The downside of heading south is that you have to wait longer to start… Baxter State Park does not open until after May 31, and patience is not one of my fortes.  Not being able to start until June or later to start might drive me crazy!  Then again, sometimes leaving at the year’s half way point may be easier than taking the middle half of the year off.  One thing about going south that I am not sure is even an issue is that it seems, as far as I can tell from my readings, the southern terminus is a bit anticlimactic, whereas northbound hikers have Mt. Katahdin as an inspirational finishing point that they can physically focus on miles ahead of reaching.  Maybe I am wrong, though, as I have never seen Springer Mountain myself.

Personal Considerations

Source:  Unknown

Source: Unknown

As is always the case, there are some personal considerations that must be taken into account, as well.  The first is my desire to attend the National Police Week event my bike club hosts every May.  I suppose I could start hiking and then get off the trail for the long weekend, if I needed to, but ultimately, I want to be in the D.C. area for Mother’s Day weekend.  I also plan to get off the trail for about a week in July, to attend the bike club’s annual rendezvous event, and I am not sure I want to get off the trail twice like that.  If I go Southbound, I would still be in town for the May event, and would then only need to get off trail for the July event.  The second consideration, which may be more of a convenience than anything else, is that it would seem easier to take a leave of absence from work starting at the half-way point of the year, instead of taking off the middle portion of the year.  However, there is also the chance I will not have a job to come back to – I have not broached that subject yet.  That brings up another possible issue, though – October, November and December tend to not be great hiring months for full-time work, at least in this area.  Maybe the New Year would be a better time to start that process.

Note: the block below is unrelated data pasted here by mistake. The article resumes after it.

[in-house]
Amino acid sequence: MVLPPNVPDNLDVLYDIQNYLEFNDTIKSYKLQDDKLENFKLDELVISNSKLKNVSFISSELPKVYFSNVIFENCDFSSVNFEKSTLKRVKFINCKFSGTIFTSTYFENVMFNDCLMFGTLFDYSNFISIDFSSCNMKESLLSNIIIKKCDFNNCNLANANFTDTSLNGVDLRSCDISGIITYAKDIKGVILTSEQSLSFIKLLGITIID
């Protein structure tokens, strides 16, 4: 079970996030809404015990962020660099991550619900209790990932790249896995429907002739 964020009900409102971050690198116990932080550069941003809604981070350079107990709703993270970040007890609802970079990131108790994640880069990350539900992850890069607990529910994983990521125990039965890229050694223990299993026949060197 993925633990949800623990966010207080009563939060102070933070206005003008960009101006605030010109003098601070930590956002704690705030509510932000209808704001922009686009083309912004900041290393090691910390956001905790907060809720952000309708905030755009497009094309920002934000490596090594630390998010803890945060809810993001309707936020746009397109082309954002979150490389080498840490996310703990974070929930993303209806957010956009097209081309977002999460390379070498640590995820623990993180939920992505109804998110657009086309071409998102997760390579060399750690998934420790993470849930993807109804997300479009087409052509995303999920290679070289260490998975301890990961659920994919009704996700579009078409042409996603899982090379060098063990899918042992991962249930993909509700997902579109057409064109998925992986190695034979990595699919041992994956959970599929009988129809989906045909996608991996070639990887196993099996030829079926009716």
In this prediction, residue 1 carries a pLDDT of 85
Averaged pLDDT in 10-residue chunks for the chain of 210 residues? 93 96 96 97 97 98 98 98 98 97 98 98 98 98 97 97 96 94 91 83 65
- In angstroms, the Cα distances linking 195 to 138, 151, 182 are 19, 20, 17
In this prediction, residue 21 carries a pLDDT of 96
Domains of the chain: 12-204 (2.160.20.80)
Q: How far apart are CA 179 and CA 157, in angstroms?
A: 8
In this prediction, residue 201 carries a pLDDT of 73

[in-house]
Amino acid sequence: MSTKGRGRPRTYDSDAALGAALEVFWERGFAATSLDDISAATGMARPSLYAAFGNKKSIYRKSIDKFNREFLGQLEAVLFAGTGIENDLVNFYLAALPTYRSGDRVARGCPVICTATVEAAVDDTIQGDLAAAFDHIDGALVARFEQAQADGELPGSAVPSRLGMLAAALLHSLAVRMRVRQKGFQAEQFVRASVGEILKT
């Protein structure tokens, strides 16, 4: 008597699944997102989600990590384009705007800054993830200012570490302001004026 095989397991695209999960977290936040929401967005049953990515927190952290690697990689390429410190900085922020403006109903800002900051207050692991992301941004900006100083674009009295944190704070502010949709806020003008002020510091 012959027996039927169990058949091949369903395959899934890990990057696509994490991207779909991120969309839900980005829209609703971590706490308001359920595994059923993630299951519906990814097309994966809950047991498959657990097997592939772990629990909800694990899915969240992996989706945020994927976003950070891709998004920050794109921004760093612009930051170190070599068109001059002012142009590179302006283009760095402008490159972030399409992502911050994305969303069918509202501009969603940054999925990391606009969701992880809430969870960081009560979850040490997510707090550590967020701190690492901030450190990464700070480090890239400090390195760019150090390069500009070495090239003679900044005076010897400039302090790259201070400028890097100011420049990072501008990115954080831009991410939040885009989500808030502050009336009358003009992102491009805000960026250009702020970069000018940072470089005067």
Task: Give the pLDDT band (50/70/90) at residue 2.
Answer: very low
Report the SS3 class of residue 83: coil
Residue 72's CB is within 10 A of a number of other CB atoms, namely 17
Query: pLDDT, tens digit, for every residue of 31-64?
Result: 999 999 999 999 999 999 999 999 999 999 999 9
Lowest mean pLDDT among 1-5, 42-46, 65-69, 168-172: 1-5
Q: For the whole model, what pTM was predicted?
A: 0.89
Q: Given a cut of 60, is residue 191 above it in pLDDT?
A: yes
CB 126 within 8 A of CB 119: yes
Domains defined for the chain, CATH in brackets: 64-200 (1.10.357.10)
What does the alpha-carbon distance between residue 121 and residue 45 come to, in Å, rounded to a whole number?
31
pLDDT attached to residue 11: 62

And if I am honest with myself, there is a part of me that likes the idea of finishing atop Mt. Katahdin, with the iconic peak sign and the fabulous views offered.  It just seems to be a more highlighted finishing point, as opposed to the top of a hill surrounded by trees.

Luckily for me, I have over a year to figure this out.  It is certainly something I will have to spend some time thinking about, though.  I wonder what thought processes other Thru Hikers have had with regard to deciding which direction to go.  I would love to hear your thoughts on this, so if you have any input, please use the comment box below.

I welcome any comments or topic suggestions you may have, and as such, invite you to feel free to use the Contact Me page up top.

Until next time, remember to “Spin the Compass.”



Book Review: Barefoot Sisters Southbound